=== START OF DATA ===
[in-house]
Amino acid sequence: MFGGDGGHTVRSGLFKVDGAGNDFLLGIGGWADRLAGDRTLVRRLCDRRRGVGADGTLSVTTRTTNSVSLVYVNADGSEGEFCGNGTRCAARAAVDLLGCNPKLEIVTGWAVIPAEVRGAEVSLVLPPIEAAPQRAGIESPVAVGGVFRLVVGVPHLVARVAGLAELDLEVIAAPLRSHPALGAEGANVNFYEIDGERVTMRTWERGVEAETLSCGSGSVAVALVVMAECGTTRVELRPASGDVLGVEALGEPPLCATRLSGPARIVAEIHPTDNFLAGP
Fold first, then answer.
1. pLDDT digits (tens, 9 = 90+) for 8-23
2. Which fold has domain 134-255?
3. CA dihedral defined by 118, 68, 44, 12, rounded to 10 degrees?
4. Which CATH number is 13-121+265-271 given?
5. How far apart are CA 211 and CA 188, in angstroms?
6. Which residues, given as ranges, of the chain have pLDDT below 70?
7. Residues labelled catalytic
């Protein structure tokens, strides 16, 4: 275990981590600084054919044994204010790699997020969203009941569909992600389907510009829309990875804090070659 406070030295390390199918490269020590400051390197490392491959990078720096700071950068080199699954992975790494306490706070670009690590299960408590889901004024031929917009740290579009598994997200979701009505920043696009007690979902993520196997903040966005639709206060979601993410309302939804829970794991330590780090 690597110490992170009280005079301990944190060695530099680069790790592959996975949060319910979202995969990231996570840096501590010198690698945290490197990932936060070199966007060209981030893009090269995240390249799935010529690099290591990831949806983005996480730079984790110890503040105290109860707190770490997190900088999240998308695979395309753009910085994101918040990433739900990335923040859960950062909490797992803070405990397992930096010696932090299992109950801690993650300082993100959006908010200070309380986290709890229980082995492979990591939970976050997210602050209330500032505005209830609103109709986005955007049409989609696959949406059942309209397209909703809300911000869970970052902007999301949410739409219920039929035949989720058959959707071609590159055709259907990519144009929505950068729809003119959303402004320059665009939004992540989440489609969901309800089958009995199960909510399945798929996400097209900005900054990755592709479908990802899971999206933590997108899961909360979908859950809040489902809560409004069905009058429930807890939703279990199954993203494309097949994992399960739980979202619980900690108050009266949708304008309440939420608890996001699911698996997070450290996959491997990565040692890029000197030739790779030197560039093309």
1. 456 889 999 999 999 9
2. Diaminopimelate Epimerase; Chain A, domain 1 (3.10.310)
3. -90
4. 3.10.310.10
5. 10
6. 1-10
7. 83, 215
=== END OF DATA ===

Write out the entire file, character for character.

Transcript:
[in-house]
Amino acid sequence: MFGGDGGHTVRSGLFKVDGAGNDFLLGIGGWADRLAGDRTLVRRLCDRRRGVGADGTLSVTTRTTNSVSLVYVNADGSEGEFCGNGTRCAARAAVDLLGCNPKLEIVTGWAVIPAEVRGAEVSLVLPPIEAAPQRAGIESPVAVGGVFRLVVGVPHLVARVAGLAELDLEVIAAPLRSHPALGAEGANVNFYEIDGERVTMRTWERGVEAETLSCGSGSVAVALVVMAECGTTRVELRPASGDVLGVEALGEPPLCATRLSGPARIVAEIHPTDNFLAGP
Fold first, then answer.
1. pLDDT digits (tens, 9 = 90+) for 8-23
2. Which fold has domain 134-255?
3. CA dihedral defined by 118, 68, 44, 12, rounded to 10 degrees?
4. Which CATH number is 13-121+265-271 given?
5. How far apart are CA 211 and CA 188, in angstroms?
6. Which residues, given as ranges, of the chain have pLDDT below 70?
7. Residues labelled catalytic
């Protein structure tokens, strides 16, 4: 275990981590600084054919044994204010790699997020969203009941569909992600389907510009829309990875804090070659 406070030295390390199918490269020590400051390197490392491959990078720096700071950068080199699954992975790494306490706070670009690590299960408590889901004024031929917009740290579009598994997200979701009505920043696009007690979902993520196997903040966005639709206060979601993410309302939804829970794991330590780090 690597110490992170009280005079301990944190060695530099680069790790592959996975949060319910979202995969990231996570840096501590010198690698945290490197990932936060070199966007060209981030893009090269995240390249799935010529690099290591990831949806983005996480730079984790110890503040105290109860707190770490997190900088999240998308695979395309753009910085994101918040990433739900990335923040859960950062909490797992803070405990397992930096010696932090299992109950801690993650300082993100959006908010200070309380986290709890229980082995492979990591939970976050997210602050209330500032505005209830609103109709986005955007049409989609696959949406059942309209397209909703809300911000869970970052902007999301949410739409219920039929035949989720058959959707071609590159055709259907990519144009929505950068729809003119959303402004320059665009939004992540989440489609969901309800089958009995199960909510399945798929996400097209900005900054990755592709479908990802899971999206933590997108899961909360979908859950809040489902809560409004069905009058429930807890939703279990199954993203494309097949994992399960739980979202619980900690108050009266949708304008309440939420608890996001699911698996997070450290996959491997990565040692890029000197030739790779030197560039093309």
1. 456 889 999 999 999 9
2. Diaminopimelate Epimerase; Chain A, domain 1 (3.10.310)
3. -90
4. 3.10.310.10
5. 10
6. 1-10
7. 83, 215